Retiring Miyazaki Enters Wide-Open Animation Oscar Race (Analysis)
In a year without a frontrunner, the decision of the 72-year-old Japanese anime master could give an edge to his 11th and final film, "The Wind Rises."
Almost every year since the Academy first presented the best animated feature Oscar in 2002, there has been one film that was the clear frontrunner to take home that prize. Remember Finding Nemo (2003), The Incredibles (2004), Ratatouille (2007), Wall-E (2008), Up (2009), Toy Story 3 (2010) and Rango (2011), among others?
This year, that is not the case.
The category is overflowing -- with mediocrity. There are lackluster sequels including Sony's The Smurfs 2, Universal's Despicable Me 2 and Pixar's Monsters University. There are standalone films that came and went without making a huge impression -- in part because they seem a lot like films that came before them -- such as Disney's Planes and DreamWorks' The Croods and Turbo. And then there's some grab-bag stuff, including GKIDS' French-language Ernest & Celestine and Drafthouse Films' live-action/animation blender The Congress.
There is one film, though, that strikes me as having potential to break away from the pack: The Wind Rises, the first film in five years from 72-year-old Japanese anime master Hayao Miyazaki, who previously won the best animated feature Oscar for his masterpiece Spirited Away (2001) and was also nominated for Howl's Moving Castle (2004). Miyazaki is an immortal god in the animation community -- and seriously bolstered his prospects of being honored this year, I would argue, when he announced on Sept. 1 -- the same day that The Wind Rises, his 11th film, had its world premiere in Venice and its North American premiere in Telluride, where I caught it -- his retirement.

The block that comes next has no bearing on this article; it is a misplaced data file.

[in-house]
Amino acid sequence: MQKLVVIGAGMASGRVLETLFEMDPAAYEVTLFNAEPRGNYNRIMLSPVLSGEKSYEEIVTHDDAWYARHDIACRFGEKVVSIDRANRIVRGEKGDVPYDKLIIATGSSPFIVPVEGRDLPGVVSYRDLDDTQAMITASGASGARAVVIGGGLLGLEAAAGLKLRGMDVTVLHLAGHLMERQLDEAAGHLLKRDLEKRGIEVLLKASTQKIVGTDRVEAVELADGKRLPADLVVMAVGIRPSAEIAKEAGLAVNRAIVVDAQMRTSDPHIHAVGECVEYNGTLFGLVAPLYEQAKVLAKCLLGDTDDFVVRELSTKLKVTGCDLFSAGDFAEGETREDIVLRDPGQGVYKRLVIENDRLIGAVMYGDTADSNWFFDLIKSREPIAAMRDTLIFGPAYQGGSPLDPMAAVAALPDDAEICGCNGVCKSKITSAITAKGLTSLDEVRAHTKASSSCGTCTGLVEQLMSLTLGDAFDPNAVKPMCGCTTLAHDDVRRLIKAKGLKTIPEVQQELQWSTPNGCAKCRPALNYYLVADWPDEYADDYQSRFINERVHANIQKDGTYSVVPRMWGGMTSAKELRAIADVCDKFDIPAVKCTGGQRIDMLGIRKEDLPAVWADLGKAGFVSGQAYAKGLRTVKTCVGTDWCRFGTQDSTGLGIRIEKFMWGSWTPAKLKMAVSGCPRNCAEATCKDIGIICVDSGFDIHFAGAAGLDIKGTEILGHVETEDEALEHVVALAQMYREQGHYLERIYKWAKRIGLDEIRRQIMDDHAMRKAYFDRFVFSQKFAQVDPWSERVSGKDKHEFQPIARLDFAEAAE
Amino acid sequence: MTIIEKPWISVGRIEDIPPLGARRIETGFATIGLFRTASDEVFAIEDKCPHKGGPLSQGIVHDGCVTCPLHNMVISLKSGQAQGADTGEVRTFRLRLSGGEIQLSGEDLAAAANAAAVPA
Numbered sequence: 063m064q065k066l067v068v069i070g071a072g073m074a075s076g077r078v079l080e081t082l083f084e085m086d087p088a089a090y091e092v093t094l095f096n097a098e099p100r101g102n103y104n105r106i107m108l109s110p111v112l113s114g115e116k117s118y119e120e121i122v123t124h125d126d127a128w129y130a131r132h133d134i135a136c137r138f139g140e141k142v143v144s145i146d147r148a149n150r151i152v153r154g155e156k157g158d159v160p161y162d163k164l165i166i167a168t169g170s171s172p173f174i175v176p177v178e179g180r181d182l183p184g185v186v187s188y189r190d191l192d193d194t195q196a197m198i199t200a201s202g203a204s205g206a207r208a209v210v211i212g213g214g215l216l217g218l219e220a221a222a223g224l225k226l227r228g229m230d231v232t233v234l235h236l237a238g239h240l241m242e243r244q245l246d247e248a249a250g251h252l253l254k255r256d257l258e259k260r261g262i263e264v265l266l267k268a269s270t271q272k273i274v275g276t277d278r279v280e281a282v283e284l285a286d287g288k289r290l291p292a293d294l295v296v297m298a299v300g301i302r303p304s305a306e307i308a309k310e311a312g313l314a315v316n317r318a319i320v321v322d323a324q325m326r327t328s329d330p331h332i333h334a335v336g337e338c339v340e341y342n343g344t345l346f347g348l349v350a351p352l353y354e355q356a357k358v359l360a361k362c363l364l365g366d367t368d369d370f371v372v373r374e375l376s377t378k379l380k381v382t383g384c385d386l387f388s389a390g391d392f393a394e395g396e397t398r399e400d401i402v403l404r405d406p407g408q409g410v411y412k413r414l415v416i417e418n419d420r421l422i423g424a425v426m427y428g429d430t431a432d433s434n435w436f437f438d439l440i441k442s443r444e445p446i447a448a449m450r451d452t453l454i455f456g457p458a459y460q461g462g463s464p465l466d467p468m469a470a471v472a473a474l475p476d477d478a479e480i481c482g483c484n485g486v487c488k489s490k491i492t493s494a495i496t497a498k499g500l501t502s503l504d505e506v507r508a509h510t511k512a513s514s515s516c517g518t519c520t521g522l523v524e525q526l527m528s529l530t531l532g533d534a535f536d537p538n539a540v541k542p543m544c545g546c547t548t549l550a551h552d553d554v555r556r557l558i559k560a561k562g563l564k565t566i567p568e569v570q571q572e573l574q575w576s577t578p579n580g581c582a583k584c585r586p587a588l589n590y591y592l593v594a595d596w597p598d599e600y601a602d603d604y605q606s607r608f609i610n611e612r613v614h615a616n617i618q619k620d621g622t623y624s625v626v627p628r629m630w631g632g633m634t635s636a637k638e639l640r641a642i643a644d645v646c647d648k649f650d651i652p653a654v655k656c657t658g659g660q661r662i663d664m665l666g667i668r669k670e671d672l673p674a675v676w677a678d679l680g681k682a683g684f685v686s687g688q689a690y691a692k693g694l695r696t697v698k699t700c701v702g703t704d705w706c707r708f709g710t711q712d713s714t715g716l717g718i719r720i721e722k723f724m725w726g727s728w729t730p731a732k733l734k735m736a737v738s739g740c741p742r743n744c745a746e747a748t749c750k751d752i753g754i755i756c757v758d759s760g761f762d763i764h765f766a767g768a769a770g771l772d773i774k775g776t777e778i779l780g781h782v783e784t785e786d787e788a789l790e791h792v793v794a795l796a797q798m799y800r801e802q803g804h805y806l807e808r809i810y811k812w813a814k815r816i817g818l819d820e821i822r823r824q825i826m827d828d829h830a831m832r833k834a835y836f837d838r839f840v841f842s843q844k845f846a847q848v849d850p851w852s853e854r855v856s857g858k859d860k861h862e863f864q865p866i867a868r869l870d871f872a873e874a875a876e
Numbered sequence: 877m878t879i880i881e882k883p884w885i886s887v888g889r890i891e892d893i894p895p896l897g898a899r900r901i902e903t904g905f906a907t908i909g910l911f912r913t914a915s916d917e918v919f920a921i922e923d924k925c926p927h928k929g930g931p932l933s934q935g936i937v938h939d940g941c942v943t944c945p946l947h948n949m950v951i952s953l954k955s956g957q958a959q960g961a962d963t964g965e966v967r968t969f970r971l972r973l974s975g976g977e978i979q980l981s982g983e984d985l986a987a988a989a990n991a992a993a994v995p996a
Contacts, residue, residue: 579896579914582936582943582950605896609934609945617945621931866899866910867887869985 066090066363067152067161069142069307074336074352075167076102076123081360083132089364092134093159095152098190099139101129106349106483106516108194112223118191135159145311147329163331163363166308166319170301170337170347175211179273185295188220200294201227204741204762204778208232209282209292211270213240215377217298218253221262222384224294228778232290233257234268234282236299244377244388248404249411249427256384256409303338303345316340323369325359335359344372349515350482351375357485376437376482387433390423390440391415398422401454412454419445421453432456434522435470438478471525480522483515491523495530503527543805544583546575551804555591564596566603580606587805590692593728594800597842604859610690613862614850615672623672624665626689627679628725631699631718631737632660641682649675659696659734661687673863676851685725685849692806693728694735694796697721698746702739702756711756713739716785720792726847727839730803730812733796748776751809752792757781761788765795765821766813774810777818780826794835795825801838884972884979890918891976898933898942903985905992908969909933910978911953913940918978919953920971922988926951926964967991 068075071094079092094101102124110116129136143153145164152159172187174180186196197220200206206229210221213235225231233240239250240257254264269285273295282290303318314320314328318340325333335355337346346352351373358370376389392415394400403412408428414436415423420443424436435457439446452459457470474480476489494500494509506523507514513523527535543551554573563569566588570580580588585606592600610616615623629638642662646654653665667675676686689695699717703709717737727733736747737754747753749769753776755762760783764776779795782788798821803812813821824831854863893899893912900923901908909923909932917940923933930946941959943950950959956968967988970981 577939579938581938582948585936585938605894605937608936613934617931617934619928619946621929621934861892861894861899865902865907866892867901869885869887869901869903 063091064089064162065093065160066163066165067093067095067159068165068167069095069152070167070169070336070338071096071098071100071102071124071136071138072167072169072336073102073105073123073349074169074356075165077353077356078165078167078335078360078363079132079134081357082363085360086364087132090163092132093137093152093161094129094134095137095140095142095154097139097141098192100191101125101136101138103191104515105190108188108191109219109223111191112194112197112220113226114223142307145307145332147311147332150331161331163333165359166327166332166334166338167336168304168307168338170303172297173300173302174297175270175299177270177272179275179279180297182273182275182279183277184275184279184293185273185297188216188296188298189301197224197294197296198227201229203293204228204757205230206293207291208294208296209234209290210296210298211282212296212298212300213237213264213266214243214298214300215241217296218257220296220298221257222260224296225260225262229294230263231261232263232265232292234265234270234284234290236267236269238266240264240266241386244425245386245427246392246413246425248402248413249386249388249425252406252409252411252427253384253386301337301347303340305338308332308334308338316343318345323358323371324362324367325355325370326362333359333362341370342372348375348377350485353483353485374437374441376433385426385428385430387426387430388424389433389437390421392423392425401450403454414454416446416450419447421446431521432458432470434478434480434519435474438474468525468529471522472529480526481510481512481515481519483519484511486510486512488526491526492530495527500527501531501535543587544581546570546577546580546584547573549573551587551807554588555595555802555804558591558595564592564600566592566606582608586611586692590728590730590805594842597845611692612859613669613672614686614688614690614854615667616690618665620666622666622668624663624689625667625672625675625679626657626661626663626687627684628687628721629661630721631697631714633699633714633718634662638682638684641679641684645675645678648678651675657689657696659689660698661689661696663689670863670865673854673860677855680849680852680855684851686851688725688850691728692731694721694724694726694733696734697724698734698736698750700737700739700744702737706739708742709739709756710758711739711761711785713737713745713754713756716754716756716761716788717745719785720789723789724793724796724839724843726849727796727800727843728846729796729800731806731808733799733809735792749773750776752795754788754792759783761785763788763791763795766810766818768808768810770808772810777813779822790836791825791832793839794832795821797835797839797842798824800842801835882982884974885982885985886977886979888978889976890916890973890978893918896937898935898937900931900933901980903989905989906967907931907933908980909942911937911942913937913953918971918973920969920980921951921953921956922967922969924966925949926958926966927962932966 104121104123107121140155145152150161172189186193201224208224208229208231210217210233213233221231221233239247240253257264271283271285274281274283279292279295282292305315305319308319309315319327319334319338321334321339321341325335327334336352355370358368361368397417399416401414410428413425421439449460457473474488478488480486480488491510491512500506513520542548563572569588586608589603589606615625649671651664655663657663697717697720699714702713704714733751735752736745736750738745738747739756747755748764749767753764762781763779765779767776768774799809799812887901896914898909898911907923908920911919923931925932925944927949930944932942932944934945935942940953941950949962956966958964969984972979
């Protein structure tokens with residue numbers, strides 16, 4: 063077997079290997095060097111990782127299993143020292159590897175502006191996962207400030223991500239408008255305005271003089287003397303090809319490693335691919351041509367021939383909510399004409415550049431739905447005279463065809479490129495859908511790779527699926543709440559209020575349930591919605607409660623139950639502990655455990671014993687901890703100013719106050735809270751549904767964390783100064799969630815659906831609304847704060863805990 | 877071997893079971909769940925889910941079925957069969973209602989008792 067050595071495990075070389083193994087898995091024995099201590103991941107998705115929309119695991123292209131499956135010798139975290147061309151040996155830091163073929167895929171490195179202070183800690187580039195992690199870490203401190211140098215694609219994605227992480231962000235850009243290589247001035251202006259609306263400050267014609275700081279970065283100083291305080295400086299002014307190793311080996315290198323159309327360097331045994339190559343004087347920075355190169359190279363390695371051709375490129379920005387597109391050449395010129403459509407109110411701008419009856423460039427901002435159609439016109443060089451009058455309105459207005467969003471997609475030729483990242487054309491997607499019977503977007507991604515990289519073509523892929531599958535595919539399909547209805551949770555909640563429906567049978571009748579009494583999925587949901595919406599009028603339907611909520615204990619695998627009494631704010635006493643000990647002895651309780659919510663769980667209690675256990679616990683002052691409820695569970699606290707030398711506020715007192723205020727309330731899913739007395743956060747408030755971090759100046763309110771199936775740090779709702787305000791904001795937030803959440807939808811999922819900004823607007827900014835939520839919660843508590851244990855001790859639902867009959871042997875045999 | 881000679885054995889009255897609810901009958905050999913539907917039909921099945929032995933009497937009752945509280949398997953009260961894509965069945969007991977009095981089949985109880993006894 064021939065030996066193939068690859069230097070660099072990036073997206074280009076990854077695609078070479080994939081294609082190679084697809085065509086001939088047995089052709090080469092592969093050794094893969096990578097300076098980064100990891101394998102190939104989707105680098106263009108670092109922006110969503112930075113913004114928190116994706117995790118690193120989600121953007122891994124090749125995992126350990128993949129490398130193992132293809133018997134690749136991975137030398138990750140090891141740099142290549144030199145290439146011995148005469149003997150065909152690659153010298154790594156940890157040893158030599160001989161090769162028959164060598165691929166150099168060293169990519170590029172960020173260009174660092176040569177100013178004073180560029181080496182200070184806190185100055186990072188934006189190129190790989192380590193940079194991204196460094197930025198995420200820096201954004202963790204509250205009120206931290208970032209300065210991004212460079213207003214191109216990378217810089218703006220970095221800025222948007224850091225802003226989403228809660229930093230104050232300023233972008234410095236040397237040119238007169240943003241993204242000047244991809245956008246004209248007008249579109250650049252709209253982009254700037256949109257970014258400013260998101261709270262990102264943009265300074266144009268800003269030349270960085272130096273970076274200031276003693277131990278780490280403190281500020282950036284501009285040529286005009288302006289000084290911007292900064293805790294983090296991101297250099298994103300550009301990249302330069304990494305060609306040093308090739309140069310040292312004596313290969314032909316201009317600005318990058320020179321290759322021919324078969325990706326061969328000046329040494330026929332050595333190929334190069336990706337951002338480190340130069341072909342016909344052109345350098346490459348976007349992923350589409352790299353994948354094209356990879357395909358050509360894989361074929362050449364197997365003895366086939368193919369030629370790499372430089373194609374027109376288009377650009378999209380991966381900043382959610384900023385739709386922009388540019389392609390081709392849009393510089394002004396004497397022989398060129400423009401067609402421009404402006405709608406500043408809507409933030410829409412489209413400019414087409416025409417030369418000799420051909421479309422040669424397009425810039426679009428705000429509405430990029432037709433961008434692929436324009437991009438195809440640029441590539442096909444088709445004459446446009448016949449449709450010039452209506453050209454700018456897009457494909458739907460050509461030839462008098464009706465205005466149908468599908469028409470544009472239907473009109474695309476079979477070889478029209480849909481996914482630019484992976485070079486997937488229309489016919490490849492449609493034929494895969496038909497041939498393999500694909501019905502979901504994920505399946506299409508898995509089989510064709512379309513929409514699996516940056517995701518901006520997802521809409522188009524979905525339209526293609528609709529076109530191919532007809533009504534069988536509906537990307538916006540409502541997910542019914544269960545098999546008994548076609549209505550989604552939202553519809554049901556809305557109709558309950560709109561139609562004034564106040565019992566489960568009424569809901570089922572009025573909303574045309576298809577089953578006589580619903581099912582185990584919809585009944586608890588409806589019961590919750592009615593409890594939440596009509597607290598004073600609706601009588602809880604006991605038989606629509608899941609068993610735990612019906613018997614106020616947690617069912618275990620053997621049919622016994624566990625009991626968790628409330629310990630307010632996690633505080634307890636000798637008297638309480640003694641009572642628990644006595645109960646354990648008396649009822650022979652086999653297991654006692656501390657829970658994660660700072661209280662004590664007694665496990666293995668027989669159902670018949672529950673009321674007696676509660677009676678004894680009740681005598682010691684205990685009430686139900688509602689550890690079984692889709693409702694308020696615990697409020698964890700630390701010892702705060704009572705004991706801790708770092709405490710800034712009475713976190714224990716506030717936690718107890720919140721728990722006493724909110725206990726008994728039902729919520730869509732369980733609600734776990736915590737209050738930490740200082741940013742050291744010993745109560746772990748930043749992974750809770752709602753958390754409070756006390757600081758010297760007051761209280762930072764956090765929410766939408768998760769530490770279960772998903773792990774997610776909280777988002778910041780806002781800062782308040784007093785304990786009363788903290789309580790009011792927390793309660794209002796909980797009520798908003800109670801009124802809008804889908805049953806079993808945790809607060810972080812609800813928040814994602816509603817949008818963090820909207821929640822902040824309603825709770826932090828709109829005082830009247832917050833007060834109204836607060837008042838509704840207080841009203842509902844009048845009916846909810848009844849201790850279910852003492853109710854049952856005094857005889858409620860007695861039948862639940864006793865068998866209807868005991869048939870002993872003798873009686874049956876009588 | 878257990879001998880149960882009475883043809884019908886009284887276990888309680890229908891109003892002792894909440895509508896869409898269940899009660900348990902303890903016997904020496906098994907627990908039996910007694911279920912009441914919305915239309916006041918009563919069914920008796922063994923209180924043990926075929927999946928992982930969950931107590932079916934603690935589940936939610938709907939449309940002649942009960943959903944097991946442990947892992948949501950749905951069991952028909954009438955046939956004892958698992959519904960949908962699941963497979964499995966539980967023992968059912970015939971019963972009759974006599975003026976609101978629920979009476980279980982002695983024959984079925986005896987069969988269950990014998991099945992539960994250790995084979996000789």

The film has already received a commercial bounce from the revelation: it was released in Japan eight weeks ago and has been No. 1 at the Japanese box office ever since. But this past weekend, the first since Miyazaki's announcement, THR reported that its gross increased 13.6 percent from the previous weekend, and it is now expected to soar past the $100 million mark next weekend.
Now the question is whether or not the news will make Academy members more inclined to celebrate Miyazaki's swan song, as well -- and I can't imagine how it wouldn't. Today, it was confirmed that the film will be in contention this year, as Disney's Touchstone Pictures, which owns its U.S. rights, will give it an Oscar-qualifying run in New York and Los Angeles during the week of Nov. 8, before rolling it out in the rest of the U.S. beginning Feb. 21. And with the power of Disney behind it, it will have a strong shot.
But, it must be noted, the film's path to the Dolby is not entirely clear. There are still a few animated awards hopefuls that have yet to debut, including Sony's Cloudy With a Chance of Meatballs 2, out Sept. 27, and Disney's own Frozen, out Nov. 27, a computer-animated 3D production that could resonate more with American audiences. Speaking of which, there is already some controversy over the fact that the Japanese film revolves around -- and basically celebrates -- the man who designed the planes that waged war against Americans during World War II, which could rub some voters the wrong way.
Still, The Wind Rises has some very powerful champions on this side of the Pacific, including Hollywood producers/power couple Kathleen Kennedy and Frank Marshall, who traveled to Telluride to introduce the film there and spoke gushingly about "Miyazaki-san."
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